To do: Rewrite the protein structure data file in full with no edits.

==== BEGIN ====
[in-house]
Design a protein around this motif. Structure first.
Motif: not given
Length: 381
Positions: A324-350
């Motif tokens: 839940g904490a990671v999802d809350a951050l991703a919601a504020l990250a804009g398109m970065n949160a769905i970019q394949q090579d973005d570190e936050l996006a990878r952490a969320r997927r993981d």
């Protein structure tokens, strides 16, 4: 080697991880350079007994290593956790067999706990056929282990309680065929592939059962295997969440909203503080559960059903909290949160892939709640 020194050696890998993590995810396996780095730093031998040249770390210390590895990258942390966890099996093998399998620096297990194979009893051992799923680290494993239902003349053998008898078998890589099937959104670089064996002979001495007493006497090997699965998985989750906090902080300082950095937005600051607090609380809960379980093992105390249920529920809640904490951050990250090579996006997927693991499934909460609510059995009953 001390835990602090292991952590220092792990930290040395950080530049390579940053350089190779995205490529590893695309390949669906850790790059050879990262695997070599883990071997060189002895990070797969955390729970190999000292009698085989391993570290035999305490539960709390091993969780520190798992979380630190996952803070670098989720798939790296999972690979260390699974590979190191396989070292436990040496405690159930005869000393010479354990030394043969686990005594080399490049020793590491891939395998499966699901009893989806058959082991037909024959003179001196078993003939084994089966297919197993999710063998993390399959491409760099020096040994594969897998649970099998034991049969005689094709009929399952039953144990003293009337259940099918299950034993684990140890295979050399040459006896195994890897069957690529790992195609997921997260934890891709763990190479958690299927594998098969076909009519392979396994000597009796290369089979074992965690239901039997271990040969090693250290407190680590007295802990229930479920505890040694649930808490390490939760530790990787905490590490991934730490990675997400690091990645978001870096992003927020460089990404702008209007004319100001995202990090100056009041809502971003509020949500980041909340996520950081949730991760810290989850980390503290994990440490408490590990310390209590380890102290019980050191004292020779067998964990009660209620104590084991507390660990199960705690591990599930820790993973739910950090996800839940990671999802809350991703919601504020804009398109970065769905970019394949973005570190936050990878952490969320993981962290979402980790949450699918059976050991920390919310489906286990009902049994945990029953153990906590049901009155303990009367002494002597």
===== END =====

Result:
[in-house]
Design a protein around this motif. Structure first.
Motif: not given
Length: 381
Positions: A324-350
């Motif tokens: 839940g904490a990671v999802d809350a951050l991703a919601a504020l990250a804009g398109m970065n949160a769905i970019q394949q090579d973005d570190e936050l996006a990878r952490a969320r997927r993981d």
């Protein structure tokens, strides 16, 4: 080697991880350079007994290593956790067999706990056929282990309680065929592939059962295997969440909203503080559960059903909290949160892939709640 020194050696890998993590995810396996780095730093031998040249770390210390590895990258942390966890099996093998399998620096297990194979009893051992799923680290494993239902003349053998008898078998890589099937959104670089064996002979001495007493006497090997699965998985989750906090902080300082950095937005600051607090609380809960379980093992105390249920529920809640904490951050990250090579996006997927693991499934909460609510059995009953 001390835990602090292991952590220092792990930290040395950080530049390579940053350089190779995205490529590893695309390949669906850790790059050879990262695997070599883990071997060189002895990070797969955390729970190999000292009698085989391993570290035999305490539960709390091993969780520190798992979380630190996952803070670098989720798939790296999972690979260390699974590979190191396989070292436990040496405690159930005869000393010479354990030394043969686990005594080399490049020793590491891939395998499966699901009893989806058959082991037909024959003179001196078993003939084994089966297919197993999710063998993390399959491409760099020096040994594969897998649970099998034991049969005689094709009929399952039953144990003293009337259940099918299950034993684990140890295979050399040459006896195994890897069957690529790992195609997921997260934890891709763990190479958690299927594998098969076909009519392979396994000597009796290369089979074992965690239901039997271990040969090693250290407190680590007295802990229930479920505890040694649930808490390490939760530790990787905490590490991934730490990675997400690091990645978001870096992003927020460089990404702008209007004319100001995202990090100056009041809502971003509020949500980041909340996520950081949730991760810290989850980390503290994990440490408490590990310390209590380890102290019980050191004292020779067998964990009660209620104590084991507390660990199960705690591990599930820790993973739910950090996800839940990671999802809350991703919601504020804009398109970065769905970019394949973005570190936050990878952490969320993981962290979402980790949450699918059976050991920390919310489906286990009902049994945990029953153990906590049901009155303990009367002494002597």